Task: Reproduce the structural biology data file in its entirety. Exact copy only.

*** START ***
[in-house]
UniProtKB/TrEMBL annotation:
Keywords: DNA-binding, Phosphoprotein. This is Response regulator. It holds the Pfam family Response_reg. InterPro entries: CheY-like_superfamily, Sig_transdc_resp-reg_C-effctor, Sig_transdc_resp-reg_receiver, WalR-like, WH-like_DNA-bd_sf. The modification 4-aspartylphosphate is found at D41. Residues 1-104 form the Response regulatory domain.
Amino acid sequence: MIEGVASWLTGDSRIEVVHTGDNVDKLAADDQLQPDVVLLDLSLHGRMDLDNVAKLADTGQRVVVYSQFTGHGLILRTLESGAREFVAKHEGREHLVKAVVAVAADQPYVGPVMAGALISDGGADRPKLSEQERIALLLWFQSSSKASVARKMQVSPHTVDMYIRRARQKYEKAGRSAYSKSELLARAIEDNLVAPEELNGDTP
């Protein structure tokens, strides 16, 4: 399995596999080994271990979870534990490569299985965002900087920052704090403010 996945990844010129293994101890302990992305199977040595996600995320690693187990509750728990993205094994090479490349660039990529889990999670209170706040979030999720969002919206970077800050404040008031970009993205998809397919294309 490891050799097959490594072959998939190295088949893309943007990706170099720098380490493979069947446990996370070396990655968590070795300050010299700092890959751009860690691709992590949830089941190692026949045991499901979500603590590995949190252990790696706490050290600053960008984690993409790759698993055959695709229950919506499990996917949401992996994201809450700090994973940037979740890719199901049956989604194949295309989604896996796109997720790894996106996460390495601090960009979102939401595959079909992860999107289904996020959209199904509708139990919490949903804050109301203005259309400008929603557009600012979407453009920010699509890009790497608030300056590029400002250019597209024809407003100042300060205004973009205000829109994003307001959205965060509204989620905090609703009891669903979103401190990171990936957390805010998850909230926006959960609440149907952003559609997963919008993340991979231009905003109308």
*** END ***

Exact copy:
[in-house]
UniProtKB/TrEMBL annotation:
Keywords: DNA-binding, Phosphoprotein. This is Response regulator. It holds the Pfam family Response_reg. InterPro entries: CheY-like_superfamily, Sig_transdc_resp-reg_C-effctor, Sig_transdc_resp-reg_receiver, WalR-like, WH-like_DNA-bd_sf. The modification 4-aspartylphosphate is found at D41. Residues 1-104 form the Response regulatory domain.
Amino acid sequence: MIEGVASWLTGDSRIEVVHTGDNVDKLAADDQLQPDVVLLDLSLHGRMDLDNVAKLADTGQRVVVYSQFTGHGLILRTLESGAREFVAKHEGREHLVKAVVAVAADQPYVGPVMAGALISDGGADRPKLSEQERIALLLWFQSSSKASVARKMQVSPHTVDMYIRRARQKYEKAGRSAYSKSELLARAIEDNLVAPEELNGDTP
């Protein structure tokens, strides 16, 4: 399995596999080994271990979870534990490569299985965002900087920052704090403010 996945990844010129293994101890302990992305199977040595996600995320690693187990509750728990993205094994090479490349660039990529889990999670209170706040979030999720969002919206970077800050404040008031970009993205998809397919294309 490891050799097959490594072959998939190295088949893309943007990706170099720098380490493979069947446990996370070396990655968590070795300050010299700092890959751009860690691709992590949830089941190692026949045991499901979500603590590995949190252990790696706490050290600053960008984690993409790759698993055959695709229950919506499990996917949401992996994201809450700090994973940037979740890719199901049956989604194949295309989604896996796109997720790894996106996460390495601090960009979102939401595959079909992860999107289904996020959209199904509708139990919490949903804050109301203005259309400008929603557009600012979407453009920010699509890009790497608030300056590029400002250019597209024809407003100042300060205004973009205000829109994003307001959205965060509204989620905090609703009891669903979103401190990171990936957390805010998850909230926006959960609440149907952003559609997963919008993340991979231009905003109308």